Why do we establish our strategic approach before any creative work begins?
Creative work rooted in an ambiguous strategy is like a prescription without proper diagnosis. This has a high likelihood of being incorrect. Making wrong decisions are a waste of time, money, and tarnish credibility for both of our firms. Such a thing would be considered malpractice in the medical profession and shall not exist in our relationship. Only when we understand and define the problem, then and only then do we propose a solution.
The strategy is what will frame every decision we make. This includes every suggestion, recommendation, and conversation along the way to completion of our projects. It enables decisiveness. It guides the critique process into productive conversations and enables us to efficiently engage the results we want. Answering questions like “does this thing effectively get us closer to our goals?” and, “Is it in conformance with or support the message we wish our brand to convey?” are enabled by a competently established strategy. We must figure out what it is we want to say, who we say it to, and how we want to say it, before we say it. Less time spent unproductively (wallowing in indecision or working on many wrong solutions at once hoping to find the right one) enables the focus required for quality work.
The strategy enforces the integrity of our process and enables creative freedom. By inviting the client to participate in the forum on the strategy, It helps establish the trust that allows us to do our job in choosing how to execute it. Our recommendations must be agreed to by the client who ultimately must be satisfied with the outcome, in turn, we determine the exploration the creative work entails. It is my job to plan and execute how we achieve the goal. That strategy that is agreed upon by all parties shall become our backbone. It holds all of our projects together. It must echo in every piece; our agreed challenges and goals, and it is the measurement of our success. It guides us.
Brand strategy is what separates what we do from mere production. We are specialized thinkers and experts who solve problems relying on a diagnostic process and methodology that works. Sure, our websites and other pieces of design are pretty, but more importantly, they meet goals. Our process is why we have succeeded in meeting our clients goals enough times that you have heard of us.
What isn’t Brand Strategy?
Yes, your logo, slogan, color palette, they're all essential but they're not the strategy. They're the artifacts you're able to confidently create once your strategy is complete. A brand strategy must have lasting power. It can't change each time you release a new product or service. It can't change each time you launch a new marketing campaign. It can't just be your marketing strategy or your pricing strategy. It can't deviate between different parts of your business.
Here's what it is and why it's important.
Strategy is what enables design to be a suitable lasting business goal. It is what enables the designer and the one purchasing the design to work together and advocate for the end user most effectively. It's your “Why?” ...Your purpose. It is the reason your brand exists and why you are making works of design. The strategy is language of your brand. It is the basis of attaining brand advocacy and a lasting relationship with your customers far beyond the controlled environment.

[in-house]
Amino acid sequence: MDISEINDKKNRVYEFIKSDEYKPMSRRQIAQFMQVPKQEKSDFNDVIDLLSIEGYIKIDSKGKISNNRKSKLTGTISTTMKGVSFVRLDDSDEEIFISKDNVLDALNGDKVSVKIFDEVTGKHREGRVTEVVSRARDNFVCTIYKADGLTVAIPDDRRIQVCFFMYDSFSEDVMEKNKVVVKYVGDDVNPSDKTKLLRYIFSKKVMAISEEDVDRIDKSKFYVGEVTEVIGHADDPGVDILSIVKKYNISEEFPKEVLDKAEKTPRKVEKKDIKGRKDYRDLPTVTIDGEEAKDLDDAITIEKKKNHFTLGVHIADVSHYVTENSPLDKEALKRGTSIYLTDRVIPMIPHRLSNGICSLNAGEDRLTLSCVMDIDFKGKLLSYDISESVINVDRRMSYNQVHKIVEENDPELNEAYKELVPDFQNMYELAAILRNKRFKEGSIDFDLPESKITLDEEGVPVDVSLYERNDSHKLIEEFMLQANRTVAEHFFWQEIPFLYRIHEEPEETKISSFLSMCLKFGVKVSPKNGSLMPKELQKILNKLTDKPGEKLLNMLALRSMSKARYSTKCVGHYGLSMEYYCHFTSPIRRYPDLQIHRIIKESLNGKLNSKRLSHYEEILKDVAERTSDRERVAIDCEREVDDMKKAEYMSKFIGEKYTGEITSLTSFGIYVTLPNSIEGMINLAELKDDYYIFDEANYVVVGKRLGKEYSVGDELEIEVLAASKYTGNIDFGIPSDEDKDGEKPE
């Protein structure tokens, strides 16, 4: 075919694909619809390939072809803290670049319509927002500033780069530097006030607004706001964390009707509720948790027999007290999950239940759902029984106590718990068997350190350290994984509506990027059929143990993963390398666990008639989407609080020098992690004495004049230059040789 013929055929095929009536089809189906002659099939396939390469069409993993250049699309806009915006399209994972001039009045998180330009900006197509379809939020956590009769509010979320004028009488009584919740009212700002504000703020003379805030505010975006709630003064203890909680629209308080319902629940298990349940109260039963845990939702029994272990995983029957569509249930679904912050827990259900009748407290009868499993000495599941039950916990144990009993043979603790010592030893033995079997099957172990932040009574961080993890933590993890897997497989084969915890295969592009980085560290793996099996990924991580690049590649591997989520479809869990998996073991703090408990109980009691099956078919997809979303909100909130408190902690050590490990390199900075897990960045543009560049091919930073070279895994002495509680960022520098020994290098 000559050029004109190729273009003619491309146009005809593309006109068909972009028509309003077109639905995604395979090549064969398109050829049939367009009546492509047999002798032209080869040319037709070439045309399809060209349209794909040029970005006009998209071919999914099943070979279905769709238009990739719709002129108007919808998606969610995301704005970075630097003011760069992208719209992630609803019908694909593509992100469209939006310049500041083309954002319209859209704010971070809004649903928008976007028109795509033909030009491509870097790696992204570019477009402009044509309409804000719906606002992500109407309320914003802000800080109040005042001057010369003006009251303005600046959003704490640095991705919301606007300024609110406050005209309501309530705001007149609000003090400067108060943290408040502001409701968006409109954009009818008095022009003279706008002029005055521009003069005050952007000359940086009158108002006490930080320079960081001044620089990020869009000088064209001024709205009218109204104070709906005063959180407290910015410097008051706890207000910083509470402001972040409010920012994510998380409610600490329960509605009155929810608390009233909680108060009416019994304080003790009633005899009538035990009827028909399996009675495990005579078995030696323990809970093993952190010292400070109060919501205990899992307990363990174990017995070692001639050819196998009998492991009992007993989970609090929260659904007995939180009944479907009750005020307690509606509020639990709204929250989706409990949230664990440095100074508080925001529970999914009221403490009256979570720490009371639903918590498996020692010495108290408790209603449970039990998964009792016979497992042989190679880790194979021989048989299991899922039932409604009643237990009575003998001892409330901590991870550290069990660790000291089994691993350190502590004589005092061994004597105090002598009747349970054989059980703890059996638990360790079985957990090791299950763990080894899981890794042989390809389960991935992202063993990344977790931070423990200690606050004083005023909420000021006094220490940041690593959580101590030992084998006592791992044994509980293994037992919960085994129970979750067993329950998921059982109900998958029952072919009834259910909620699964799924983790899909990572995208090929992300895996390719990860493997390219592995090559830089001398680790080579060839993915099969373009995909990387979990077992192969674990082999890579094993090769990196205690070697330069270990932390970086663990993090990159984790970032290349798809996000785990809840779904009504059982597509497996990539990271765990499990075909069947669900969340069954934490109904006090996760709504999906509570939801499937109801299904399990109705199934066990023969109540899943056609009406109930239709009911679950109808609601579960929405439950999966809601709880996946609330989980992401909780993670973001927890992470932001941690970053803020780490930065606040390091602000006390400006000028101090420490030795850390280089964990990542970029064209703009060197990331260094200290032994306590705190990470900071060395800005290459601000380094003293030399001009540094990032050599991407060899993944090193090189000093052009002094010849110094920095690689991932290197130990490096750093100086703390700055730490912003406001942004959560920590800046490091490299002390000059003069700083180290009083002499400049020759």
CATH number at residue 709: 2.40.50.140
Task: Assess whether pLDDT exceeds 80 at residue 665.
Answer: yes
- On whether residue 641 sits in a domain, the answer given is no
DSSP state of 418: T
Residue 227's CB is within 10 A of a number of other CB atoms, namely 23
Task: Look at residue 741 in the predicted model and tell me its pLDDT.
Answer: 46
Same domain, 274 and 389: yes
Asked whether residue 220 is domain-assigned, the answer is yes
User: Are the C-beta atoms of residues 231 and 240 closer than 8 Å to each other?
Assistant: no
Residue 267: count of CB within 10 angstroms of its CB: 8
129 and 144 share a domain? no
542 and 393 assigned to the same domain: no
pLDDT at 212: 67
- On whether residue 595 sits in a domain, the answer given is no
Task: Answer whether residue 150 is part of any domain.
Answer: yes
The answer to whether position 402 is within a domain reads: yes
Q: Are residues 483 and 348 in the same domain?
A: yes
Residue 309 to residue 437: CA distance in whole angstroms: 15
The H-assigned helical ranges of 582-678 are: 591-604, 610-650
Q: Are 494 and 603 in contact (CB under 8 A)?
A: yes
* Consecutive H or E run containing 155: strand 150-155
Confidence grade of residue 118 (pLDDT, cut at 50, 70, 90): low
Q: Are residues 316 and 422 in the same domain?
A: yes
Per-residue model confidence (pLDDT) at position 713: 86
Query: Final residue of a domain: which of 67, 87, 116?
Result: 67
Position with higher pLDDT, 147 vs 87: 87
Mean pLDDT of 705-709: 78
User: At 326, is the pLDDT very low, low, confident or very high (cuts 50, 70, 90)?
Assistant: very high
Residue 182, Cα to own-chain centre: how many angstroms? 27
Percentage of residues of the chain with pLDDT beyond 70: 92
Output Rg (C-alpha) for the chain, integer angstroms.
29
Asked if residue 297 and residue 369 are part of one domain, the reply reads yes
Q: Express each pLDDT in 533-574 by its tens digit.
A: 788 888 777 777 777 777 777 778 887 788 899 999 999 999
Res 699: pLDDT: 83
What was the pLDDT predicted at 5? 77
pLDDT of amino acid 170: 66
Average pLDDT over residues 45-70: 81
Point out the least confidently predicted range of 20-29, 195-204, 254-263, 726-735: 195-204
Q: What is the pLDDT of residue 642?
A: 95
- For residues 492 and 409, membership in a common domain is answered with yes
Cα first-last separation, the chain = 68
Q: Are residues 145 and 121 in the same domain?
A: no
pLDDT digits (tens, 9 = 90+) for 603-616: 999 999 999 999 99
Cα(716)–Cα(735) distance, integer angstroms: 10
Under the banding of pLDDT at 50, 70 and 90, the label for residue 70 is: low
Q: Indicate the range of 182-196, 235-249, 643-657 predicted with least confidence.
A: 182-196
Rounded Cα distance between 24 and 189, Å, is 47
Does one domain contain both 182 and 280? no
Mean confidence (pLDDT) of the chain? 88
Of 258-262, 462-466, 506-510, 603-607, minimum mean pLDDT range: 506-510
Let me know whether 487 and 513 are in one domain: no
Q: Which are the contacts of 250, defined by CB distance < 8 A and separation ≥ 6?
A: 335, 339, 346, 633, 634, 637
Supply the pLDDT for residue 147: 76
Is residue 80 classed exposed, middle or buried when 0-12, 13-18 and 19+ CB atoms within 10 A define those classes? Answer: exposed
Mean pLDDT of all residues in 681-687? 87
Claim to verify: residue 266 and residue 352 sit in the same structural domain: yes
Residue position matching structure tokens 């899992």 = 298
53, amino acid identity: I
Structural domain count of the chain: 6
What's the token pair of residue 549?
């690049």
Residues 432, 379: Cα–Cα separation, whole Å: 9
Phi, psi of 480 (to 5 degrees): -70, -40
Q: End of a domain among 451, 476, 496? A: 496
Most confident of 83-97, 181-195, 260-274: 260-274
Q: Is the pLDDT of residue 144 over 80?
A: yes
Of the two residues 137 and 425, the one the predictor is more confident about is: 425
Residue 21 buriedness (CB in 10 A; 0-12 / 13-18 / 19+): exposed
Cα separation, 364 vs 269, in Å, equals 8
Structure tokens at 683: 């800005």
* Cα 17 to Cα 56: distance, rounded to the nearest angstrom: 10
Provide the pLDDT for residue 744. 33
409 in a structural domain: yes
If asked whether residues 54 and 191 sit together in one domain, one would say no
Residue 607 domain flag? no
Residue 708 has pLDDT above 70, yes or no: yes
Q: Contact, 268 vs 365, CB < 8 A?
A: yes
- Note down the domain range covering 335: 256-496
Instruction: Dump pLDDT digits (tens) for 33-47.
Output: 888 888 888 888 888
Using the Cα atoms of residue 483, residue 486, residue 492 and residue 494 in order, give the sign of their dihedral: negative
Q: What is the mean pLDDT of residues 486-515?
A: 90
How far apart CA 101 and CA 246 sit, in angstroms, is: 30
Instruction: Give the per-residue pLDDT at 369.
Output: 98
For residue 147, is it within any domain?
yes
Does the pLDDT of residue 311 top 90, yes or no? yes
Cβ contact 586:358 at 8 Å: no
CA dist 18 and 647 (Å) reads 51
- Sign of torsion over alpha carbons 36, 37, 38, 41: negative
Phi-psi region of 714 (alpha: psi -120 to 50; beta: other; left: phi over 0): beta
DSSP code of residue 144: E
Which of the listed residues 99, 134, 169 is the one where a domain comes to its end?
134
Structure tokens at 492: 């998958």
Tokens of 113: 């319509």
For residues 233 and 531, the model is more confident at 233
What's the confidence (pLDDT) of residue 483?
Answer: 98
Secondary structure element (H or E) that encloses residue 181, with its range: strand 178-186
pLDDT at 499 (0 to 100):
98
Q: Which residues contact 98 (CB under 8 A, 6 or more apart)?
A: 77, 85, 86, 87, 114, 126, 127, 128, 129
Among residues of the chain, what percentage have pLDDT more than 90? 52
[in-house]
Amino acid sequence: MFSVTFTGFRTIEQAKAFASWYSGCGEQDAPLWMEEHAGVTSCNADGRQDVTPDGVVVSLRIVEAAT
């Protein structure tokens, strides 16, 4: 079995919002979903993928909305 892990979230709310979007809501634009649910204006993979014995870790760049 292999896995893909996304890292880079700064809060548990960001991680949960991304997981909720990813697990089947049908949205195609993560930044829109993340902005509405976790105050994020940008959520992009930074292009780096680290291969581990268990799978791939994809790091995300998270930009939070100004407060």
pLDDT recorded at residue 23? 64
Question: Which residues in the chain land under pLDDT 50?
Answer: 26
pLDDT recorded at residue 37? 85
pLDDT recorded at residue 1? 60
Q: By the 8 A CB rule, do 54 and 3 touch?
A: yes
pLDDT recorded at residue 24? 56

Look at any store shelf. It's just so hard to stand out today. Allow me to cite Marty Neumeier's Zag in saying, "But today’s real competition—competition that’s so pervasive we can’t even see it—doesn’t come from direct or even indirect competitors. It comes from the extreme clutter of the marketplace."
What I'm saying applies to consumer goods, clothing, cars, even computers. Why would someone choose an Apple product, or Levis jeans, or Band-Aids over another brand or even a different use of their hard-earned money altogether? Why have you made the choices you've made? Look around your home. Think about the purchase decisions you've made and try to think about all the things the brand has done to influence you to make those purchase decisions.
In general, there are three reasons someone chooses to purchase one product over another similar product.
They have a specific need that only that product meets. (This is the most rare case, yet it's the one people most often cite as the reason for their decisions.)
They choose what's most familiar. (This is a common reason, especially for products that have amore utilitarian benefit that meets specific, mundane needs. Think about laundry detergent, batteries, dish soap. When was the last time you tried a new brand? Unless you're a rebel, I wouldn't be surprised if you're using the same brand your parents bought when you were growing up.)
They choose the product that makes them feel something deeper than the satisfaction of meeting a basic need or leveraging the utility of a product. (most common in our overwhelmingly commoditized age)
An element of the emotional connection is approval by your peer set. In other words, what will people think of you when they see you using a product? For example, a PC can do most of what a Mac can do. If you choose to work in a cafe, would you rather pull out a PC or a Mac? That decision is based a lot on what tribe you wish to belong. Brands are tribal. People often define themselves by the brands they purchase. The emotional connection people have with a brand, which is a combination of how they see themselves and how they want others to see them, is a direct result of the intentional actions the brand has taken, informed by their brand strategy. With this foundation and clear goals, your brain should be buzzing with ideas. Hopefully you're thinking about all the great brands you admire and are starting to appreciate why they're memorable. It's because they use brand strategy as a staple.